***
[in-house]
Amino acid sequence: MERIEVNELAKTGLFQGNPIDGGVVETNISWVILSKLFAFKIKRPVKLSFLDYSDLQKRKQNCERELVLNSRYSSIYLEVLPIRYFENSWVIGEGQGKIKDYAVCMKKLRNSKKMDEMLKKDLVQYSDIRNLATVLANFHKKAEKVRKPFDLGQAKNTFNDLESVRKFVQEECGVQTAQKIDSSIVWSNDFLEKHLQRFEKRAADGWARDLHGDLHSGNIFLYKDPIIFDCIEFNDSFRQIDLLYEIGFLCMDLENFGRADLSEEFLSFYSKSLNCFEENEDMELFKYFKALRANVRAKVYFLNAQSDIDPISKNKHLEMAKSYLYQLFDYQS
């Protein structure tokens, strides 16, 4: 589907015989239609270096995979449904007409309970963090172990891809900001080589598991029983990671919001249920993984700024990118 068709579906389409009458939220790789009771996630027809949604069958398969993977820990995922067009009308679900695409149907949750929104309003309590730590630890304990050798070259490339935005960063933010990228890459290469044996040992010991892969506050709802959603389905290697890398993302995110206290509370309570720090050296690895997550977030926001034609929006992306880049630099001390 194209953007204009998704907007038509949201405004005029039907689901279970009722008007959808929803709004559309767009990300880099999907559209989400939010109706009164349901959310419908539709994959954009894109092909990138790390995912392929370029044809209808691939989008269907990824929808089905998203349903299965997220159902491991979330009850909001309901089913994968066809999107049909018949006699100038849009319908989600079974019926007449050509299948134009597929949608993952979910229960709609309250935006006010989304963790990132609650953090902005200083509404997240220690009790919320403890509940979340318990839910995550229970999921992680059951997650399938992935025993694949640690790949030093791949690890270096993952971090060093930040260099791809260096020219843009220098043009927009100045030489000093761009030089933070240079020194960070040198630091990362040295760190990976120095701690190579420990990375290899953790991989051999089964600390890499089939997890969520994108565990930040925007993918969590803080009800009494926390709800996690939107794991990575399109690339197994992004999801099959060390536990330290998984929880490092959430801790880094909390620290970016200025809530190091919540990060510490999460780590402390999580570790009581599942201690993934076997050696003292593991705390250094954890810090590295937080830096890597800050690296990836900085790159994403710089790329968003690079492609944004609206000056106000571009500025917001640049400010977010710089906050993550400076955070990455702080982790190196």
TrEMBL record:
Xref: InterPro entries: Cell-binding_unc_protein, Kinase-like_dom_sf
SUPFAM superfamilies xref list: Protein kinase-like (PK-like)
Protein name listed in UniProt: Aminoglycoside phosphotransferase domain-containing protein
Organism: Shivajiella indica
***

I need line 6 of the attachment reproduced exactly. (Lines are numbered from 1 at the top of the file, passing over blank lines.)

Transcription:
SUPFAM superfamilies xref list: Protein kinase-like (PK-like)